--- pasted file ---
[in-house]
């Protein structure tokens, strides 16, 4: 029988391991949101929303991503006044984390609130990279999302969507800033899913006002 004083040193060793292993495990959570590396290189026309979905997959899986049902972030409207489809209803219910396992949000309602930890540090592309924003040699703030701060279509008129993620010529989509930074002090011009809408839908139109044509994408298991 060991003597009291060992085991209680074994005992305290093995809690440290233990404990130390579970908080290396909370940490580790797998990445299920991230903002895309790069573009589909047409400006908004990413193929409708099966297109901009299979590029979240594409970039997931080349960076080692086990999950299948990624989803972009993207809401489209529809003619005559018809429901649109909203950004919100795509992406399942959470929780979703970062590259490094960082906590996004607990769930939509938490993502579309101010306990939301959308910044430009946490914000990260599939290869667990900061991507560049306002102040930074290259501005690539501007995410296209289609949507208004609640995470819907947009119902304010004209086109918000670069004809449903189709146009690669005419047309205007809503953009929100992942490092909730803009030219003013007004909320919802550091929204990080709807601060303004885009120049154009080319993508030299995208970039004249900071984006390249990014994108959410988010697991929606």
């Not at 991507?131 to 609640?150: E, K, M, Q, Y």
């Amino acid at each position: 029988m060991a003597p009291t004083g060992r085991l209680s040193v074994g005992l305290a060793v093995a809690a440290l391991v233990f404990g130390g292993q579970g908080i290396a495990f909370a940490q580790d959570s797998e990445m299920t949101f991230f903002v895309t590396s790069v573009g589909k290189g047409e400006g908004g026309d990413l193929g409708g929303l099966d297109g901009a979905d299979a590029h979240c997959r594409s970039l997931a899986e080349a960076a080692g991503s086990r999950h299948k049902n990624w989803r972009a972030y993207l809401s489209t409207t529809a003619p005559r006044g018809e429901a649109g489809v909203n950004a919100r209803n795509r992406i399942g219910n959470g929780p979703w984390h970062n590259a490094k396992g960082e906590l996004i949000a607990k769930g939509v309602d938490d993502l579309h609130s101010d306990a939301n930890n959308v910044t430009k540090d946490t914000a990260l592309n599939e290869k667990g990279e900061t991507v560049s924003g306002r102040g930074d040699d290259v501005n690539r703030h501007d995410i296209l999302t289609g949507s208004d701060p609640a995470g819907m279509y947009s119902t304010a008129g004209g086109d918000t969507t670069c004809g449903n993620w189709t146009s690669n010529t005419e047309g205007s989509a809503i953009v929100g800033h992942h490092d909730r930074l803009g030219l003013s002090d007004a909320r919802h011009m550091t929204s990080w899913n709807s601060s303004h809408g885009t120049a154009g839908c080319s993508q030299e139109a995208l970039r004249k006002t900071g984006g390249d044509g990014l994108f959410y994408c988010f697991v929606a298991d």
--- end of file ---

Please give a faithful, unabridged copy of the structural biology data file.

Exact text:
[in-house]
């Protein structure tokens, strides 16, 4: 029988391991949101929303991503006044984390609130990279999302969507800033899913006002 004083040193060793292993495990959570590396290189026309979905997959899986049902972030409207489809209803219910396992949000309602930890540090592309924003040699703030701060279509008129993620010529989509930074002090011009809408839908139109044509994408298991 060991003597009291060992085991209680074994005992305290093995809690440290233990404990130390579970908080290396909370940490580790797998990445299920991230903002895309790069573009589909047409400006908004990413193929409708099966297109901009299979590029979240594409970039997931080349960076080692086990999950299948990624989803972009993207809401489209529809003619005559018809429901649109909203950004919100795509992406399942959470929780979703970062590259490094960082906590996004607990769930939509938490993502579309101010306990939301959308910044430009946490914000990260599939290869667990900061991507560049306002102040930074290259501005690539501007995410296209289609949507208004609640995470819907947009119902304010004209086109918000670069004809449903189709146009690669005419047309205007809503953009929100992942490092909730803009030219003013007004909320919802550091929204990080709807601060303004885009120049154009080319993508030299995208970039004249900071984006390249990014994108959410988010697991929606």
């Not at 991507?131 to 609640?150: E, K, M, Q, Y």
């Amino acid at each position: 029988m060991a003597p009291t004083g060992r085991l209680s040193v074994g005992l305290a060793v093995a809690a440290l391991v233990f404990g130390g292993q579970g908080i290396a495990f909370a940490q580790d959570s797998e990445m299920t949101f991230f903002v895309t590396s790069v573009g589909k290189g047409e400006g908004g026309d990413l193929g409708g929303l099966d297109g901009a979905d299979a590029h979240c997959r594409s970039l997931a899986e080349a960076a080692g991503s086990r999950h299948k049902n990624w989803r972009a972030y993207l809401s489209t409207t529809a003619p005559r006044g018809e429901a649109g489809v909203n950004a919100r209803n795509r992406i399942g219910n959470g929780p979703w984390h970062n590259a490094k396992g960082e906590l996004i949000a607990k769930g939509v309602d938490d993502l579309h609130s101010d306990a939301n930890n959308v910044t430009k540090d946490t914000a990260l592309n599939e290869k667990g990279e900061t991507v560049s924003g306002r102040g930074d040699d290259v501005n690539r703030h501007d995410i296209l999302t289609g949507s208004d701060p609640a995470g819907m279509y947009s119902t304010a008129g004209g086109d918000t969507t670069c004809g449903n993620w189709t146009s690669n010529t005419e047309g205007s989509a809503i953009v929100g800033h992942h490092d909730r930074l803009g030219l003013s002090d007004a909320r919802h011009m550091t929204s990080w899913n709807s601060s303004h809408g885009t120049a154009g839908c080319s993508q030299e139109a995208l970039r004249k006002t900071g984006g390249d044509g990014l994108f959410y994408c988010f697991v929606a298991d």